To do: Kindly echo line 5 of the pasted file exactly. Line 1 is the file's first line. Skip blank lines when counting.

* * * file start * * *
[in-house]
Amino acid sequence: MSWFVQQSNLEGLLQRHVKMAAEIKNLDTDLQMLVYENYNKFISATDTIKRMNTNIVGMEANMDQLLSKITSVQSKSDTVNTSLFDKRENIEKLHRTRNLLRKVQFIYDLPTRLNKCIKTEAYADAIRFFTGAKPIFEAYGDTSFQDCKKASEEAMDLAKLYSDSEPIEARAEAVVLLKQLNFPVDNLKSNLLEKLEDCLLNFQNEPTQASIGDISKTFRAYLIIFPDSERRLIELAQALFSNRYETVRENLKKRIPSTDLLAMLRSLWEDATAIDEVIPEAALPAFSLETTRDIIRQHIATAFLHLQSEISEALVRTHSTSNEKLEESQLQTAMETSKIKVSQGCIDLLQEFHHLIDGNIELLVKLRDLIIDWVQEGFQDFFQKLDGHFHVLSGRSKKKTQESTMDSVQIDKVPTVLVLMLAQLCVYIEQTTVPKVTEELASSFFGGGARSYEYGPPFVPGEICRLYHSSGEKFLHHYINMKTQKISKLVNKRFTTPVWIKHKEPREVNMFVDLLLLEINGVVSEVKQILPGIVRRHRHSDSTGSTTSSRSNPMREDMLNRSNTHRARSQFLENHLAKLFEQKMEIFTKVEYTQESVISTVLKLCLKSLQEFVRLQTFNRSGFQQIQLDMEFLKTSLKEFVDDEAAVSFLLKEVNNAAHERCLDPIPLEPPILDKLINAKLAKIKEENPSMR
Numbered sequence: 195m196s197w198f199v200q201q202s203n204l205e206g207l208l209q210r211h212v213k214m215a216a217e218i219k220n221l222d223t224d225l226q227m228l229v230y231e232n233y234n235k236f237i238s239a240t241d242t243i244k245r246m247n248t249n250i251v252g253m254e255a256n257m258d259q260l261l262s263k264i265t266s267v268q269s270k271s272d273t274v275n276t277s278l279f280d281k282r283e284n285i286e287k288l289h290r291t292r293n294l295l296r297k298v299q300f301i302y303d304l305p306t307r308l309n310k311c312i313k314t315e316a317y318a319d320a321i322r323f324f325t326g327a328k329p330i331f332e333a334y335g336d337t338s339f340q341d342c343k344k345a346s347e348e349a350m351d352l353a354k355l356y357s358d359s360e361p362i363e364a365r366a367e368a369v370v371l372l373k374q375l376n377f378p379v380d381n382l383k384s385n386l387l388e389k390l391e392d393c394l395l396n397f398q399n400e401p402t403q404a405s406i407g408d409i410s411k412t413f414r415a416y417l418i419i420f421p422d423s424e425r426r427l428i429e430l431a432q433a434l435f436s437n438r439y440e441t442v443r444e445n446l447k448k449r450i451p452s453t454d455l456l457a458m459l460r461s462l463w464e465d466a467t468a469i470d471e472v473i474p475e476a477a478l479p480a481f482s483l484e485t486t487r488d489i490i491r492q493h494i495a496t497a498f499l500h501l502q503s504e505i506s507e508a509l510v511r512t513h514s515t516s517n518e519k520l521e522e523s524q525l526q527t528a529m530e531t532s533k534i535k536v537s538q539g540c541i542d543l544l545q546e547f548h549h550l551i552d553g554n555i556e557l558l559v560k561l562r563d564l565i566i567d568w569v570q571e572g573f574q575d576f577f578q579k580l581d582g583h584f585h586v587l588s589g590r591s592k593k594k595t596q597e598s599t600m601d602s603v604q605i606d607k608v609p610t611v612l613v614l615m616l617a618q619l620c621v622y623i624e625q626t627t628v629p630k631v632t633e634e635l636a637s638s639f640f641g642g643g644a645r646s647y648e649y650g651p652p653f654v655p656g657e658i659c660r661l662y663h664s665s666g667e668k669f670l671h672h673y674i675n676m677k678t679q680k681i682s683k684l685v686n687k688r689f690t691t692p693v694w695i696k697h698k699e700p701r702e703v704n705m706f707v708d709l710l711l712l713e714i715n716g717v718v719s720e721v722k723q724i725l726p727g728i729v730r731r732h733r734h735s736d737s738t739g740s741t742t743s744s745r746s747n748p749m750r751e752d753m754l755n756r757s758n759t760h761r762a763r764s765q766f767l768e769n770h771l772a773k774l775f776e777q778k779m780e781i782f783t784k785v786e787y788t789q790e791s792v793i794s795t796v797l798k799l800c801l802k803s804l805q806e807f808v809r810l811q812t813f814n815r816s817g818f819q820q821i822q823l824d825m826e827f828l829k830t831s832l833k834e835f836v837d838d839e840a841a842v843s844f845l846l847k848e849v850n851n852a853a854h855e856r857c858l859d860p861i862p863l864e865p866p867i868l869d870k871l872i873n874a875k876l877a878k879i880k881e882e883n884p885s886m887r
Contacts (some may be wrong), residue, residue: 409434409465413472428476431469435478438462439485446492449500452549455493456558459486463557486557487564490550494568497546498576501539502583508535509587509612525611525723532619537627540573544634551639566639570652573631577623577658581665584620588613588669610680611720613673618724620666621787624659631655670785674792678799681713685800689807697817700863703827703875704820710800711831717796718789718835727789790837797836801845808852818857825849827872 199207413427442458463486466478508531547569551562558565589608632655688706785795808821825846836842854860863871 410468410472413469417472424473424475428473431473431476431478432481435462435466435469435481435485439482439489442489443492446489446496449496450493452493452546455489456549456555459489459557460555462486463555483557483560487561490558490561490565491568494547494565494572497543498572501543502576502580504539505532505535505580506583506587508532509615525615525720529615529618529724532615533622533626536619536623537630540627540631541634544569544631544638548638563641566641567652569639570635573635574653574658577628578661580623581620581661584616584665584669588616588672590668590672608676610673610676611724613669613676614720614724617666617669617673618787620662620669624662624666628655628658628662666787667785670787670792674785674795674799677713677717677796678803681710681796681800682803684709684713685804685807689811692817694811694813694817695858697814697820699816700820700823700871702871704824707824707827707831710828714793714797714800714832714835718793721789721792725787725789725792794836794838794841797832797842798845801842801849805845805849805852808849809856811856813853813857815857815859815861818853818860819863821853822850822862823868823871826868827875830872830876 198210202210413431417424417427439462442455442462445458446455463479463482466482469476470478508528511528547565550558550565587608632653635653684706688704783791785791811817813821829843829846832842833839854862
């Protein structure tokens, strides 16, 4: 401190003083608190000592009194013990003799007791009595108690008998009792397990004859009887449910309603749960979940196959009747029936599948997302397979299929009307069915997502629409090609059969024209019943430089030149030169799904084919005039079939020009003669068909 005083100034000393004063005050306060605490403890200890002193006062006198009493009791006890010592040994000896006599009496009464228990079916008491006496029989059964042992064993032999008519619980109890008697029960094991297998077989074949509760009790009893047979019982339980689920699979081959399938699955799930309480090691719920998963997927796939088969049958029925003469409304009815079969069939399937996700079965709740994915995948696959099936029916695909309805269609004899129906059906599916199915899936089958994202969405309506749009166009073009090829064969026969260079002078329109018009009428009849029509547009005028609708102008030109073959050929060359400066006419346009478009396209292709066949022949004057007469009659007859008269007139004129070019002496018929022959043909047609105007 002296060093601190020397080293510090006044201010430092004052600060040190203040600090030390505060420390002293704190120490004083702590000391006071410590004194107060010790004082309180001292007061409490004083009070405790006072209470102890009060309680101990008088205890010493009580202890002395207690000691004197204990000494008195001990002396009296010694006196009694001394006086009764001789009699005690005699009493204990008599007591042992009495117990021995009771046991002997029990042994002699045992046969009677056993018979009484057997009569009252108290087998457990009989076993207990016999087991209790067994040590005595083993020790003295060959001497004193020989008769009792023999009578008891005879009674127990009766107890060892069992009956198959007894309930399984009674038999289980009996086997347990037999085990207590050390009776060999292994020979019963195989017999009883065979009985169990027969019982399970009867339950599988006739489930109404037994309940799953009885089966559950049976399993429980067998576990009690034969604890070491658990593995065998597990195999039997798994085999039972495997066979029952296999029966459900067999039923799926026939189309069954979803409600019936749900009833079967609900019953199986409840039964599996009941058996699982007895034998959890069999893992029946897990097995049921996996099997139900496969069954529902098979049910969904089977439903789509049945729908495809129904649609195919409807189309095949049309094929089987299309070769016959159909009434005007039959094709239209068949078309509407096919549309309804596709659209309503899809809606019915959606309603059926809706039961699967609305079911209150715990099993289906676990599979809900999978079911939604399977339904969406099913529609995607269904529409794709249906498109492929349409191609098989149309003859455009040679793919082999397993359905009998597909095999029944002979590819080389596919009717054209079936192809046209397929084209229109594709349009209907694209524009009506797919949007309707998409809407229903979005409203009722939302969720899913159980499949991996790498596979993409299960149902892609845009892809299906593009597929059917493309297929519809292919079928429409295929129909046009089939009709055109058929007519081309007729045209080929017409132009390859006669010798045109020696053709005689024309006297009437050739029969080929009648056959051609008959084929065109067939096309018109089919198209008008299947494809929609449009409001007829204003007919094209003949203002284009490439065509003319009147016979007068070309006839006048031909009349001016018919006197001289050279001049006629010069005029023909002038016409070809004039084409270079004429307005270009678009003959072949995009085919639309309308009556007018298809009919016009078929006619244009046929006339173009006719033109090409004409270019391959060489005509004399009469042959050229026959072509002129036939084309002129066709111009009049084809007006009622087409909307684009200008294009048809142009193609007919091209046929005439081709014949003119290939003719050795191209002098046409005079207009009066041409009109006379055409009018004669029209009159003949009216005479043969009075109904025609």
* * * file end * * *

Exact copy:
């Protein structure tokens, strides 16, 4: 401190003083608190000592009194013990003799007791009595108690008998009792397990004859009887449910309603749960979940196959009747029936599948997302397979299929009307069915997502629409090609059969024209019943430089030149030169799904084919005039079939020009003669068909 005083100034000393004063005050306060605490403890200890002193006062006198009493009791006890010592040994000896006599009496009464228990079916008491006496029989059964042992064993032999008519619980109890008697029960094991297998077989074949509760009790009893047979019982339980689920699979081959399938699955799930309480090691719920998963997927796939088969049958029925003469409304009815079969069939399937996700079965709740994915995948696959099936029916695909309805269609004899129906059906599916199915899936089958994202969405309506749009166009073009090829064969026969260079002078329109018009009428009849029509547009005028609708102008030109073959050929060359400066006419346009478009396209292709066949022949004057007469009659007859008269007139004129070019002496018929022959043909047609105007 002296060093601190020397080293510090006044201010430092004052600060040190203040600090030390505060420390002293704190120490004083702590000391006071410590004194107060010790004082309180001292007061409490004083009070405790006072209470102890009060309680101990008088205890010493009580202890002395207690000691004197204990000494008195001990002396009296010694006196009694001394006086009764001789009699005690005699009493204990008599007591042992009495117990021995009771046991002997029990042994002699045992046969009677056993018979009484057997009569009252108290087998457990009989076993207990016999087991209790067994040590005595083993020790003295060959001497004193020989008769009792023999009578008891005879009674127990009766107890060892069992009956198959007894309930399984009674038999289980009996086997347990037999085990207590050390009776060999292994020979019963195989017999009883065979009985169990027969019982399970009867339950599988006739489930109404037994309940799953009885089966559950049976399993429980067998576990009690034969604890070491658990593995065998597990195999039997798994085999039972495997066979029952296999029966459900067999039923799926026939189309069954979803409600019936749900009833079967609900019953199986409840039964599996009941058996699982007895034998959890069999893992029946897990097995049921996996099997139900496969069954529902098979049910969904089977439903789509049945729908495809129904649609195919409807189309095949049309094929089987299309070769016959159909009434005007039959094709239209068949078309509407096919549309309804596709659209309503899809809606019915959606309603059926809706039961699967609305079911209150715990099993289906676990599979809900999978079911939604399977339904969406099913529609995607269904529409794709249906498109492929349409191609098989149309003859455009040679793919082999397993359905009998597909095999029944002979590819080389596919009717054209079936192809046209397929084209229109594709349009209907694209524009009506797919949007309707998409809407229903979005409203009722939302969720899913159980499949991996790498596979993409299960149902892609845009892809299906593009597929059917493309297929519809292919079928429409295929129909046009089939009709055109058929007519081309007729045209080929017409132009390859006669010798045109020696053709005689024309006297009437050739029969080929009648056959051609008959084929065109067939096309018109089919198209008008299947494809929609449009409001007829204003007919094209003949203002284009490439065509003319009147016979007068070309006839006048031909009349001016018919006197001289050279001049006629010069005029023909002038016409070809004039084409270079004429307005270009678009003959072949995009085919639309309308009556007018298809009919016009078929006619244009046929006339173009006719033109090409004409270019391959060489005509004399009469042959050229026959072509002129036939084309002129066709111009009049084809007006009622087409909307684009200008294009048809142009193609007919091209046929005439081709014949003119290939003719050795191209002098046409005079207009009066041409009109006379055409009018004669029209009159003949009216005479043969009075109904025609």